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08/18/89 In Re Marriage of Mark Johnson

August 18, 1989

IN RE MARRIAGE OF MARK JOHNSON, PETITIONER-APPELLEE, AND


APPELLATE COURT OF ILLINOIS, SECOND DISTRICT

ANNE MARIE JOHNSON, n/k/a Anne Nadler,

Respondent-Appellant

543 N.E.2d 348, 187 Ill. App. 3d 94, 135 Ill. Dec. 113 1989.IL.1278

Appeal from the Circuit Court of Kane County; the Hon. Timothy Q. Sheldon, Judge, presiding.

APPELLATE Judges:

JUSTICE NASH delivered the opinion of the court. McLAREN and REINHARD, JJ., concur.

DECISION OF THE COURT DELIVERED BY THE HONORABLE JUDGE NASH

Respondent, Anne Marie Johnson, n/k/a Anne Marie Nadler (Anne), appeals from an order of the circuit court dismissing her petition to modify the joint-parenting agreement entered into by Anne and petitioner, Mark Johnson (Mark). Anne raises two issues on appeal: (1) whether the two-year requirement of section 610(a) of the Illinois Marriage and Dissolution of Marriage Act (Dissolution Act) (Ill. Rev. Stat. 1987, ch. 40, par. 610(a)) is applicable to a joint-parenting agreement entered pursuant to section 602.1 of the Dissolution Act (Ill. Rev. Stat. 1987, ch. 40, par. 602.1); and (2) even if section 610(a) is applicable, whether the joint-parenting agreement served to waive the affidavit requirement of section 610(a).

Anne and Mark's marriage was dissolved on June 29, 1987. The court incorporated a joint-parenting agreement into the judgment of dissolution under the terms of which the parties were awarded joint custody, with Mark being the primary custodian of the two children. Anne was awarded "possession" of the children according to a framework set out by the parties.

On November 10, 1988, Anne filed a petition to modify the agreement, alleging that at the time judgment was entered on the agreement, she was working approximately 60 hours per week and was unable to spend much time with the children. Anne further alleged that the agreement designated Mark the primary custodian because of Anne's work schedule. Since the date when the judgment was entered, Anne had remarried and quit her job, and at the time the petition was filed she was not working and had more time to spend with the children.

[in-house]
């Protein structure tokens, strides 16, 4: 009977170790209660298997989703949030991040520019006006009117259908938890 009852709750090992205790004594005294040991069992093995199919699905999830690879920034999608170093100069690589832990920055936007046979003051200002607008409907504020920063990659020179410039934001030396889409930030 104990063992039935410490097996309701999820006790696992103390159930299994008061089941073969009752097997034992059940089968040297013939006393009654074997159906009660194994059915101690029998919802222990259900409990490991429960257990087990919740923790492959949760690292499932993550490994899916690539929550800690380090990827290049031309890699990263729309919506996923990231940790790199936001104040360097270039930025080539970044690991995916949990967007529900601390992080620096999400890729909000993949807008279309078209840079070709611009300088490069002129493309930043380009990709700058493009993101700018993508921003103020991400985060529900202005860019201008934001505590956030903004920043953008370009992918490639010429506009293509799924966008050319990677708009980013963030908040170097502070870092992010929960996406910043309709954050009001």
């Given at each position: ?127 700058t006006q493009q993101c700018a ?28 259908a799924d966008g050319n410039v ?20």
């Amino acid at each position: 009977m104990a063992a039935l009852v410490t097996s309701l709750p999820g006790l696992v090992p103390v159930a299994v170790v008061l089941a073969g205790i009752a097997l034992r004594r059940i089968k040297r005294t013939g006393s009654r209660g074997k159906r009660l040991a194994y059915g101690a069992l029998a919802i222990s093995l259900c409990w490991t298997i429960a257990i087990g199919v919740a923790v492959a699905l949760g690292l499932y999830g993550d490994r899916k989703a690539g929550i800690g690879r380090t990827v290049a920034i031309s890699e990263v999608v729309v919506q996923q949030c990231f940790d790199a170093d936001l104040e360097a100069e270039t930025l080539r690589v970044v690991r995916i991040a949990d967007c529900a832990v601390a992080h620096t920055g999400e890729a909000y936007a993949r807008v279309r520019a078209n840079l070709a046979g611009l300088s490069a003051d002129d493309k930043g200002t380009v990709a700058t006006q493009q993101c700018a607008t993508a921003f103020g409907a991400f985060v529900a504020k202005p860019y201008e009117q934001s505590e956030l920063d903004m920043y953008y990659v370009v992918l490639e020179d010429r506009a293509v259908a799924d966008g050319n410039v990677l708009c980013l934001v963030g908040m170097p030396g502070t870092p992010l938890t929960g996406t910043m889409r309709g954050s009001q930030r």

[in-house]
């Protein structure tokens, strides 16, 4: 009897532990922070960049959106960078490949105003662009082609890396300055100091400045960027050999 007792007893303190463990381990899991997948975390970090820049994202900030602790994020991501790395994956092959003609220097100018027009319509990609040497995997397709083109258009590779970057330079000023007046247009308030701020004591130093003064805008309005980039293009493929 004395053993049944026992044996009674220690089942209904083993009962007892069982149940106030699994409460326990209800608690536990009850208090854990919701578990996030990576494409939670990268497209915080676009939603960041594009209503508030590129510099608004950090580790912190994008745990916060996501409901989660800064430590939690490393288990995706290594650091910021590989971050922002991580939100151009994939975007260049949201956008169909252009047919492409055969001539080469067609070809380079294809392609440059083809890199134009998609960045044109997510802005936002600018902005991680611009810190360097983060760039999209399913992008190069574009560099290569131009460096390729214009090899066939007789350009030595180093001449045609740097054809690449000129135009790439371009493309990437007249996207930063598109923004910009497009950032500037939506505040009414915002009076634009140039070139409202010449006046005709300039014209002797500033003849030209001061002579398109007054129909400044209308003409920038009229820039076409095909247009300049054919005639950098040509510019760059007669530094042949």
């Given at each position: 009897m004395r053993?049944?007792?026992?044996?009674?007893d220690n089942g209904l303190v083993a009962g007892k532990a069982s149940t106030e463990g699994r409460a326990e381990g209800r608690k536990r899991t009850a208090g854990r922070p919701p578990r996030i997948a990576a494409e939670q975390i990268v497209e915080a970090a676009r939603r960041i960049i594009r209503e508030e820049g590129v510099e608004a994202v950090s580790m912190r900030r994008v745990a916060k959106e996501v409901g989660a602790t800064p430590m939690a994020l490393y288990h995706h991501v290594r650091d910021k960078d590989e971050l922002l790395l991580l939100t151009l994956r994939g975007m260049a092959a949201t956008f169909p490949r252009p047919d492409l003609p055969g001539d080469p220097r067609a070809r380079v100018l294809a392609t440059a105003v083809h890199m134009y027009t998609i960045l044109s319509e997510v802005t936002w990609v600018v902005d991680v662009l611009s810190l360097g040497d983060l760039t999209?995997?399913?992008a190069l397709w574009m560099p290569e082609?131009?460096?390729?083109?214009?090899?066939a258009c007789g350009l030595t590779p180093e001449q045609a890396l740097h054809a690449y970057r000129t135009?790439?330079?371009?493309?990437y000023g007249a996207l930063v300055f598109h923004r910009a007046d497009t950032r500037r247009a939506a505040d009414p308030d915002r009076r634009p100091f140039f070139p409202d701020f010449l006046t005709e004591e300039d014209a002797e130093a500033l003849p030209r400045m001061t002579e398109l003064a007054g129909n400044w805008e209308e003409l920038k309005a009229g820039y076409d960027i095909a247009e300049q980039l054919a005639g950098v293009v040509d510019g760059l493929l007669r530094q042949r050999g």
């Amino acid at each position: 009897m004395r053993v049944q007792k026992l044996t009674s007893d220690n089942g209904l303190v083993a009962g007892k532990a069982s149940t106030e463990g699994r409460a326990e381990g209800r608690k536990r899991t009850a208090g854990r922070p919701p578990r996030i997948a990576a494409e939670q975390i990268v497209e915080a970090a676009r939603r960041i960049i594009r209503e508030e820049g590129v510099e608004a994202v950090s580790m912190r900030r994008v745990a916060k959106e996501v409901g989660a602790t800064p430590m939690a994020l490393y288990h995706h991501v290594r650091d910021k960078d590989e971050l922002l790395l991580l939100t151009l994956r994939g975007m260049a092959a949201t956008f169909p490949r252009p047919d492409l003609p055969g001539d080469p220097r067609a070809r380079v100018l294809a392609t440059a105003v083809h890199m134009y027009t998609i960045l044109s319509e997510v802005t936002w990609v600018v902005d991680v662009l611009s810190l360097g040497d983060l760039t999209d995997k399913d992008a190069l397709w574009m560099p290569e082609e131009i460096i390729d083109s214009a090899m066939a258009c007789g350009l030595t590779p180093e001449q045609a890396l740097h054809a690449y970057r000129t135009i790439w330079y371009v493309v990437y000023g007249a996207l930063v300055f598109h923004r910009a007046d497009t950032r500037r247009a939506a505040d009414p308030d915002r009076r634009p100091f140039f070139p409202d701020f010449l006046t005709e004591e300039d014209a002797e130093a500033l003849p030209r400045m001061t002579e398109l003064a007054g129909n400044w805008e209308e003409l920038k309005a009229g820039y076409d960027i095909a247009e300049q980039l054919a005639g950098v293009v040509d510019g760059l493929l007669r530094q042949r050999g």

Anne asserted that the parties had modified the original agreement by setting up an arrangement whereby the children lived with Anne one week, and with Mark the following week. This plan of alternating weeks with the children ended when, in September 1988, Mark unilaterally and without agreement from Anne reinstated the original agreement. Anne requested that the court modify the agreement to provide that Anne would be the primary custodian of the children.

In response to the petition, Mark filed a motion to dismiss the petition and a petition to enforce the agreement and judgment. The essence of Mark's motion to dismiss was that Anne's petition to modify was filed within two years of the entry of the judgment and did not include affidavits alleging that the children's physical, mental, or emotional health was in danger.

The court granted Mark's motion to dismiss the petition on the basis that it had been filed within two years of the judgment and lacked affidavits, as required by section 610(a) (Ill. Rev. Stat. 1987, ch. 40, par. 610(a)). The court entered an order that stated "there is no just reason for delaying enforcement or appeal of this order," but also continued the proceedings, giving petitioner leave to refile the petition with affidavits. On the basis of the order that there was no just reason to delay enforcement or appeal of the order, Anne filed this appeal.

In her jurisdictional statement, Anne states that this court's jurisdiction is based on the finding of the trial court that no just reason existed to delay enforcement or appeal of the order, pursuant to Supreme Court Rule 304(a) (107 Ill. 2d R. 304(a)). Although the parties have not raised the issue, it is the responsibility of the reviewing court to determine if it has ...


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